Boiling point elevation is the elevation of a solid’s normal boiling point by adding a substance to it.
When you add a solute (such as salt or sugar) to a pure solvent (such as water), the boiling point of the liquid solvent is now increased. This means that the solution will boil at a higher temperature.
Example, adding salt to water raises the boiling point of water from 100ºC to 100.04ºC.
The added solute decreases the number of water molecules at the surface. The solvent particles will now need more energy to push the solute particles out of the way and eventually escape into the atmosphere.
How atmospheric pressure affects boiling point
Further reading on how atmospheric pressure affects boiling point.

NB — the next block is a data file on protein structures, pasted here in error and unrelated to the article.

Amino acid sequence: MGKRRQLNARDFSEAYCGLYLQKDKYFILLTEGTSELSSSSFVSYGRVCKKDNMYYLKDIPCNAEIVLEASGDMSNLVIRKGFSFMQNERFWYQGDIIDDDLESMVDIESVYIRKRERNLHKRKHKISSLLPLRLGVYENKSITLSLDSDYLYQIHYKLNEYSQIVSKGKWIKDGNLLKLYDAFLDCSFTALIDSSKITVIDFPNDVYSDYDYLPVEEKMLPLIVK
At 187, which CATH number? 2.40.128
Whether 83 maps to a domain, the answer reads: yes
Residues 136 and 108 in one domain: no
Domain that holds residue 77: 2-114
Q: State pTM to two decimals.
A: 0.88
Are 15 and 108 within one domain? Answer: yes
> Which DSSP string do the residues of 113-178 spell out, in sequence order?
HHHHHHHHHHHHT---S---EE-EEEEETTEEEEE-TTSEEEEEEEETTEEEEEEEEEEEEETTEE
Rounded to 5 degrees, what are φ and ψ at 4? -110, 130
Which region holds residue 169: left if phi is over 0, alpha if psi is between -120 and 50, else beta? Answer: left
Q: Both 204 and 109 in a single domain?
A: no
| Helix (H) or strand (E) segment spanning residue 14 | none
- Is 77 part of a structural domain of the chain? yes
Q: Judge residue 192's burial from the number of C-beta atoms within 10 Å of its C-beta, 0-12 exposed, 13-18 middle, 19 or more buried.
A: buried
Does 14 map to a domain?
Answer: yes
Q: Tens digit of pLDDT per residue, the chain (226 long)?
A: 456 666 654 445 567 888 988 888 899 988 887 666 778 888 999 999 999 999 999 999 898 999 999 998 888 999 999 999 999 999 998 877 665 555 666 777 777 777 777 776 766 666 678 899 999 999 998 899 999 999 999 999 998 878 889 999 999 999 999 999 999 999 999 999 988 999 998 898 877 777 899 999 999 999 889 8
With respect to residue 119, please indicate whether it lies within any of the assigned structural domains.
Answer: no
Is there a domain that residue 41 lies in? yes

Adding salt to water
Do you ever wonder why some people add salt to water to cook pasta? Well, there’re a couple of good reasons for this. Not only does it make the pasta more flavorful, it also cooks it at a higher temperature. Putting salt to water increases the boiling point of water slightly so it will help to cook the pasta at a slightly higher temperature.
Adding salt to water will not help the pasta to cook faster since it will take longer for the water to boil. However, the raised temperature of the boiling point of water will help to improve the texture of the cooked pasta (makes it softer perhaps).
When salt is added to water, the salt particles hinder the water molecules from escaping from the liquid phase into the gas phase. This enables water to boil at a higher temperature.